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Kenya: How UNCTAD helps Small-Scale Farmers


Christine King’ola is a small-scale farmer who lives in Taveta town on the Kenya-Tanzania border and owns about two hectares of land, where she grows bananas and does dairy farming.

Her small-scale banana business was promising until the Covid-19 pandemic struck. With all the borders closed and the restrictions of movement, King’ola could no longer sell her bananas to neighboring Tanzania, causing them to rotten and her income to

“From June 2020, I couldn’t go out to sell my bananas,” King’ola said.

“What I had already consigned to the market was thrown away in my absence,” King’ola recalled. “I was disappointed and disheartened.”

Despite the Covid-19 crisis, she struggled to move forward.

“The pandemic pushed me to think about how I use the bananas from my farm,” she said.

“I realized it was too soon to give up. I was still determined to grow and thrive in business.”

She got an idea of how she could generate income by raising pigs and feeding them with bananas. With that, she wouldn’t have to worry about the cost of feeding her pigs and food loss.

She sold two of her low-yielding dairy cows and bought four pigs – one boar and three sows. She fed them with bananas and other products from her farm.

She was able to save the money she would have otherwise spent on commercial feed. She also got bananas from neighbouring farms for free. By December 2020, she had 21 pigs.

In June 2021, Covid-19 restrictions eased and cross-border trade between Kenya and Tanzania resumed.

King’ola’s banana business started to boom again. With bananas fetching higher prices, it was no longer cost-effective to use them to feed her pigs, so she sold all the pigs and refocused on selling bananas.

She gained confidence and decided to venture into new business opportunities.

In November 2021, she attended a workshop for cross-border traders, which was part of an empowerment project by the United Nation Conference on Trade and Development’s (UNCTAD) trade, gender, and development programme.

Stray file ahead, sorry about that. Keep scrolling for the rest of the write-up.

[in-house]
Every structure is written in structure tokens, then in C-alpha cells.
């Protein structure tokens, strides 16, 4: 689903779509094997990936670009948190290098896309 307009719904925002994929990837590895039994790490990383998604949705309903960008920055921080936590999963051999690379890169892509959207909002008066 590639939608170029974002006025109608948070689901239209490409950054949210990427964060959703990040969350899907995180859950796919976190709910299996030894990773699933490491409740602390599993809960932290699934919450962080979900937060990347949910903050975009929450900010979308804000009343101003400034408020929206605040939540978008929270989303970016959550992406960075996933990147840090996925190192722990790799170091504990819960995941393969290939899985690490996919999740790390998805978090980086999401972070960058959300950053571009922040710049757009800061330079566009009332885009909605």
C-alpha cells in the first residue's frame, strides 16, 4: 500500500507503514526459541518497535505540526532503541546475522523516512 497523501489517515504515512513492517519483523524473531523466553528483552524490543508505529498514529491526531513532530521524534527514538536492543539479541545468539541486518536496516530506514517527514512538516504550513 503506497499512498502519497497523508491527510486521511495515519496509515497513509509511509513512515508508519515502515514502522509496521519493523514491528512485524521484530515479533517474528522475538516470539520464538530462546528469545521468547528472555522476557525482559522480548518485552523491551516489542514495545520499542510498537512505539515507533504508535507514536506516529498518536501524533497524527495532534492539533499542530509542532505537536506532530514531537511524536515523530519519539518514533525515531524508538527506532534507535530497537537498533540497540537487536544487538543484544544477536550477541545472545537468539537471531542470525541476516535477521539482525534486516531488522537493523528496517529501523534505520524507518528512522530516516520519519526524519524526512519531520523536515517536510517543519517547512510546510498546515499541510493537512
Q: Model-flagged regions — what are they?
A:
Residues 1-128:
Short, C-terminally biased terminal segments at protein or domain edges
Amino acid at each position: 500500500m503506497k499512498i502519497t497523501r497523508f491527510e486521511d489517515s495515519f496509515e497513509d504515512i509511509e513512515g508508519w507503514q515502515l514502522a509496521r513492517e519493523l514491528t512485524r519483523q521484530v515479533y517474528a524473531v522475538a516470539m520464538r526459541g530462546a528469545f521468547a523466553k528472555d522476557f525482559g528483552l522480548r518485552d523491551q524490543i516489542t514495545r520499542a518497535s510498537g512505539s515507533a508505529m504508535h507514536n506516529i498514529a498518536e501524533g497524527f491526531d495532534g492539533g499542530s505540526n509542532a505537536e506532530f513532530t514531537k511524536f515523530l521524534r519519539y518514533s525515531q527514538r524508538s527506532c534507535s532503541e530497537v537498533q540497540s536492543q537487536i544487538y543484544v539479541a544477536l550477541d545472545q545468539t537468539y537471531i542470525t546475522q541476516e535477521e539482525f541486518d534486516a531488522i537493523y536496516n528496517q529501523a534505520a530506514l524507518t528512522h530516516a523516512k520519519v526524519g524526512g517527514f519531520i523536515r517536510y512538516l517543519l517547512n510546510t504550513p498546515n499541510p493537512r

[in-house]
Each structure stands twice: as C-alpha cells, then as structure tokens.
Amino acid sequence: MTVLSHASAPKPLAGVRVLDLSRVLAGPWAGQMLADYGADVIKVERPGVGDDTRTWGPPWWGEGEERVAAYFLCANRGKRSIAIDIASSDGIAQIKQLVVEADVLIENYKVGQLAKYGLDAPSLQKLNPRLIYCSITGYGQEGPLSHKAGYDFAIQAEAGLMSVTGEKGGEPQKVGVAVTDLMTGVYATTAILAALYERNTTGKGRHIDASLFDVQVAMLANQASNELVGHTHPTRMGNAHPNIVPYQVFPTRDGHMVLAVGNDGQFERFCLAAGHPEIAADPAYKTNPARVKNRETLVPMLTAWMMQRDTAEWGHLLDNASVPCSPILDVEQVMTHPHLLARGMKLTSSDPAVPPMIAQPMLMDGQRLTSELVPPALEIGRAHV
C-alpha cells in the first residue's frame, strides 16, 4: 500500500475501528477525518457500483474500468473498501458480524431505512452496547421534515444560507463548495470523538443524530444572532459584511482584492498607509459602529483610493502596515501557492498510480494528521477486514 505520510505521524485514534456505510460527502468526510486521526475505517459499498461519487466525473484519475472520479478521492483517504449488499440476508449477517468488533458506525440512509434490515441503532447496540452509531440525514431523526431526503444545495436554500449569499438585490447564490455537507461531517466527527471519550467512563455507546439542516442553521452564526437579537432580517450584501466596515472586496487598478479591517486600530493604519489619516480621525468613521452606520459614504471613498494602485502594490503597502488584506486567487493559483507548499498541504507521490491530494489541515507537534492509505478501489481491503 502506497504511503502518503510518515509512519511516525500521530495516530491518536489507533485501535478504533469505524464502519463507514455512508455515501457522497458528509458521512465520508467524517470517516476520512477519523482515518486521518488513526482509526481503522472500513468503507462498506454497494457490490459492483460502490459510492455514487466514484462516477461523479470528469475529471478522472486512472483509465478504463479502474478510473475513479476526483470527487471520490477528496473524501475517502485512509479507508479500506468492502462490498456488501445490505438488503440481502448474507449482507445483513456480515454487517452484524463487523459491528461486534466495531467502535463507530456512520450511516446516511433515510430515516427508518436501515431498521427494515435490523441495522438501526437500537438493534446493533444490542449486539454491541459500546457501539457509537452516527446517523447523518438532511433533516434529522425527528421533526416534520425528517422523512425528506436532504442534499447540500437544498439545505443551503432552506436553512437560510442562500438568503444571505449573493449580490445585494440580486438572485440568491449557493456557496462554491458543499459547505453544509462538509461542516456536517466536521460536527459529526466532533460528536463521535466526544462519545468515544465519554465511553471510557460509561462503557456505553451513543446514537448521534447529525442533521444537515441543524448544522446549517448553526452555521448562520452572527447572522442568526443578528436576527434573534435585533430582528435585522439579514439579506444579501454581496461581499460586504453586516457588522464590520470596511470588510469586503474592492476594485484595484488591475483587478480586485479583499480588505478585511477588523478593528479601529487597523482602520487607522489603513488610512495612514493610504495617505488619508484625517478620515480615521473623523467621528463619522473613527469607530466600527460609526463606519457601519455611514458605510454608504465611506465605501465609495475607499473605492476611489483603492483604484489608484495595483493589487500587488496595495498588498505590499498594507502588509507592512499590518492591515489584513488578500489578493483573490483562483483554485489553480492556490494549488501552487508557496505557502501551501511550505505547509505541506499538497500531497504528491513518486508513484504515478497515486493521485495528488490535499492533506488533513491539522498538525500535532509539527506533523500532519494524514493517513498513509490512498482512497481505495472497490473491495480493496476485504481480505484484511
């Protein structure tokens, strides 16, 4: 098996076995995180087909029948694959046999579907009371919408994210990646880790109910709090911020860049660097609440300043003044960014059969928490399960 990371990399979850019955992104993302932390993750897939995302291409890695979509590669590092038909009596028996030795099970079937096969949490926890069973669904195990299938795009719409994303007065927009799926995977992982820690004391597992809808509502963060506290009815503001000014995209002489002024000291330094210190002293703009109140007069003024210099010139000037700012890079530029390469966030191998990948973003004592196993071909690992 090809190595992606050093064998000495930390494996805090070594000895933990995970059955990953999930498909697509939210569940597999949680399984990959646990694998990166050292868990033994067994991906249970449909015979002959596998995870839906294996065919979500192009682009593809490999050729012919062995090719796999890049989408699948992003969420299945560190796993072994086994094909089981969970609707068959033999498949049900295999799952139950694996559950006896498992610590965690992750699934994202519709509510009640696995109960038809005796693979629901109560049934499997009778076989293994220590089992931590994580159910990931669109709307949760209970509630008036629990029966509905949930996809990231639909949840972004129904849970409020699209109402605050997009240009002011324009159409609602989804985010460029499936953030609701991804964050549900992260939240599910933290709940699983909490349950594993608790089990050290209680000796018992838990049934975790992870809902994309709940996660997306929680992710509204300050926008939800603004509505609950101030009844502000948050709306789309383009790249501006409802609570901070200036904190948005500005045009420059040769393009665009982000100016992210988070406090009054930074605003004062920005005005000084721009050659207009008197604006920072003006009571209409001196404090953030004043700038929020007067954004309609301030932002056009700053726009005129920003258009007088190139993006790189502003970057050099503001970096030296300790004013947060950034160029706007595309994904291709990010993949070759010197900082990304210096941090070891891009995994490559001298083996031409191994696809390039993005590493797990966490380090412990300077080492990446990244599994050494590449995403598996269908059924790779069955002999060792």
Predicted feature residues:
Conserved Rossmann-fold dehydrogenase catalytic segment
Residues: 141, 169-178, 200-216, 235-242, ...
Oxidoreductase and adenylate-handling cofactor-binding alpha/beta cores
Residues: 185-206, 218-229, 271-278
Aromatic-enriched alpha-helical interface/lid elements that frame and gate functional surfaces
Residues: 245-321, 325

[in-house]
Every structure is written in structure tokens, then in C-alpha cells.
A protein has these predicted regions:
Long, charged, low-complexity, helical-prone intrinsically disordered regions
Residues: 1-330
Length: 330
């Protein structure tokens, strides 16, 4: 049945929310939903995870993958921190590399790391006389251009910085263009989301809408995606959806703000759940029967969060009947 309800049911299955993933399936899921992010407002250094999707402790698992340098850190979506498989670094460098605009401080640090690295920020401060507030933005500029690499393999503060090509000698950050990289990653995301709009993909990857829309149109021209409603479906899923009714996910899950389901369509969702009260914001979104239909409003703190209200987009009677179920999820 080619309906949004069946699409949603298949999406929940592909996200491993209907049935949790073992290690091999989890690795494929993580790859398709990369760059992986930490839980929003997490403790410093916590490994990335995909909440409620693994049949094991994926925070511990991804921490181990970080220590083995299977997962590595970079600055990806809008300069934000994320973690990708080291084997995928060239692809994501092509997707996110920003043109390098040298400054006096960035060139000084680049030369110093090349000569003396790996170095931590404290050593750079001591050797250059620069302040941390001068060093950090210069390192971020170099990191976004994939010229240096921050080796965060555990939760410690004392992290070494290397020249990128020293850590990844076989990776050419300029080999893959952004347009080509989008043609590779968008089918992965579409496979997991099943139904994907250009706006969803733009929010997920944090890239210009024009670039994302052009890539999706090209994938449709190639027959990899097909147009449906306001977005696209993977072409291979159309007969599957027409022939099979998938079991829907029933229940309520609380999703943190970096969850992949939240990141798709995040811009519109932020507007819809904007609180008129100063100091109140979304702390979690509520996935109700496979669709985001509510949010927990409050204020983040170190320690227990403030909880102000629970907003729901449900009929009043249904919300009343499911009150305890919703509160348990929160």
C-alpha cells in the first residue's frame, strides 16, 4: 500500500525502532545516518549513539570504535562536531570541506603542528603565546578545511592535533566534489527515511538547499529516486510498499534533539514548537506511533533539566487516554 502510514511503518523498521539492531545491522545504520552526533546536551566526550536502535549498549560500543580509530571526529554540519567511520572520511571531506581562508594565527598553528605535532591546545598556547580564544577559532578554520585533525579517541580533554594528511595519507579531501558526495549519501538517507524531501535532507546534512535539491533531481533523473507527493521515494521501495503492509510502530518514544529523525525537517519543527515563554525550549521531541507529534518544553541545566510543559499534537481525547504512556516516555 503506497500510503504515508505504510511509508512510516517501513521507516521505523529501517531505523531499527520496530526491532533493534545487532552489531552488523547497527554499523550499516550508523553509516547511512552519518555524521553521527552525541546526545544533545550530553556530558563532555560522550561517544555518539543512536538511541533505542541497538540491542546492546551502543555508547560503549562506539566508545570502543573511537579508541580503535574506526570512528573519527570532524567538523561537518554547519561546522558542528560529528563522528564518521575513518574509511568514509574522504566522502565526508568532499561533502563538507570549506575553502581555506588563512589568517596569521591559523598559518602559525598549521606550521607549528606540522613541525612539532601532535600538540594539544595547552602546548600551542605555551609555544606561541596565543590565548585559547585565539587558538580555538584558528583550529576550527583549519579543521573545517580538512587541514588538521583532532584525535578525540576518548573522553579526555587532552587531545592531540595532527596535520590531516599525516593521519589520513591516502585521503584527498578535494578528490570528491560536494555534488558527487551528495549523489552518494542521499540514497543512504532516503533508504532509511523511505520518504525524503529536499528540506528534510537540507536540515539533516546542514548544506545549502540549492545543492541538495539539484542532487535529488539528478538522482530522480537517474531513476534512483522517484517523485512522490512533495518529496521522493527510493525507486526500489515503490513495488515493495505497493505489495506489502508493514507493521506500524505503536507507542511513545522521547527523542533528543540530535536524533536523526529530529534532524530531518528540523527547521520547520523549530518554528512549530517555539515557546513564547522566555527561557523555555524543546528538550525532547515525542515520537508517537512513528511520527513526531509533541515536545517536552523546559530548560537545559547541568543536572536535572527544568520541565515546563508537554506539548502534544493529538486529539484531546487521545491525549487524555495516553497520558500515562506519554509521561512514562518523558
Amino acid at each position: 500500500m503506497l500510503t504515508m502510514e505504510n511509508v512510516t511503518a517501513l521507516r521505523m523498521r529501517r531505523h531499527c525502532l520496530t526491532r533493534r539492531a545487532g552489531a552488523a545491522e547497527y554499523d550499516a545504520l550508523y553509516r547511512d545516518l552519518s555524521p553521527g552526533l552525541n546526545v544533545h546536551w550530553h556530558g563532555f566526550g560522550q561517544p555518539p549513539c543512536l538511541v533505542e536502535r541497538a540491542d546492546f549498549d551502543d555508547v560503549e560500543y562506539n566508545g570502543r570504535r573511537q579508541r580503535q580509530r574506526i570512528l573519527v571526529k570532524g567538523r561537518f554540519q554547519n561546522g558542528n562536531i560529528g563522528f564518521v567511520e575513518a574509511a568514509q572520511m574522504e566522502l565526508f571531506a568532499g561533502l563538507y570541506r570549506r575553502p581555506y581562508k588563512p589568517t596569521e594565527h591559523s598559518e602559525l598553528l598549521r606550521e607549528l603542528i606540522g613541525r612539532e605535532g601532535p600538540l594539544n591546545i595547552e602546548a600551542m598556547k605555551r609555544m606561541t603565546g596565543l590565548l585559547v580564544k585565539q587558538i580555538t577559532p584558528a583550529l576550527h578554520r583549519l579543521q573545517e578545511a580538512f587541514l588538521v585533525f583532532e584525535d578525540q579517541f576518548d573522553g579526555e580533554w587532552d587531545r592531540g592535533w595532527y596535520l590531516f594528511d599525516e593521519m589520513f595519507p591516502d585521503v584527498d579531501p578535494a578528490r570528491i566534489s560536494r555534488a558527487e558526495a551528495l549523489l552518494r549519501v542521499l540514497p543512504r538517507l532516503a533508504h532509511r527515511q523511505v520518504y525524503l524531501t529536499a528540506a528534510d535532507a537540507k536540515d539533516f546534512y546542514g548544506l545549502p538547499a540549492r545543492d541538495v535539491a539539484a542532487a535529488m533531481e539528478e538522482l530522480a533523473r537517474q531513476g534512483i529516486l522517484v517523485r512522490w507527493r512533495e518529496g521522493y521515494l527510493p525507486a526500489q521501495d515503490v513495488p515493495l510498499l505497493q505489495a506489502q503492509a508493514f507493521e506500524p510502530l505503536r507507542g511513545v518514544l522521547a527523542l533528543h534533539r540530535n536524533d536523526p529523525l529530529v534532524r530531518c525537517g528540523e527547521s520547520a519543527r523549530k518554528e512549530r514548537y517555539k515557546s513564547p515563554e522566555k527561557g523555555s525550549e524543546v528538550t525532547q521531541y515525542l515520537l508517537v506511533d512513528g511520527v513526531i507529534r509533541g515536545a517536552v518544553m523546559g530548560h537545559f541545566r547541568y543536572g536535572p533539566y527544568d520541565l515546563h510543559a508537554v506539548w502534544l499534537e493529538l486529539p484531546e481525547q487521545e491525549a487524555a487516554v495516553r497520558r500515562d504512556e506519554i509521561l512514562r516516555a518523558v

Equipped with knowledge gained from the training, she started selling maize and beans across the border, setting up a network of suppliers and buyers in and beyond her hometown to boost her small-scale farming.

King’ola said the UNCTAD workshop sharpened her entrepreneurial skills. She learned how to better estimate costs and profit margins and leverage market opportunities.

It empowered her to diversify the range of cereals beyond maize and beans, which boosted her income. It also improved her skills in keeping business and financial records and collecting information on suppliers and customers before embarking on a new business.

King’ola credited UNCTAD’s training with enhancing her understanding of customs rules and procedures, saying it “has made my business life easier.”

Previously, she used to sell the cereals through unofficial routes to evade taxes and duties, but she ended up incurring losses.

There were times when she had to pay bribes, lost consignments to porters, and dealt with fines and penalties when her goods were seized by customs officials.

“The training showed me that cereals can be traded between Kenya and Tanzania duty-free and the levies charged are not as high as other traders and I thought them to be,” she said.

Now her priority is safety and security. Official crossing routes provide a guarantee.

She also recognizes the importance of correctly filling out customs forms and declaring all goods, backed by her experience that truthful declarations have been met with fair assessments of the taxes and levies due.

Traders like her also have legal avenues to file a complaint if they find an assessment unfair.

“I am now more confident than ever in crossing the border to Tanzania and procuring goods there,” King’ola said.

“Because I have in-depth knowledge of my rights and obligations as a small-scale cross-border trader,” she added, “I trust that my business has a bright future.”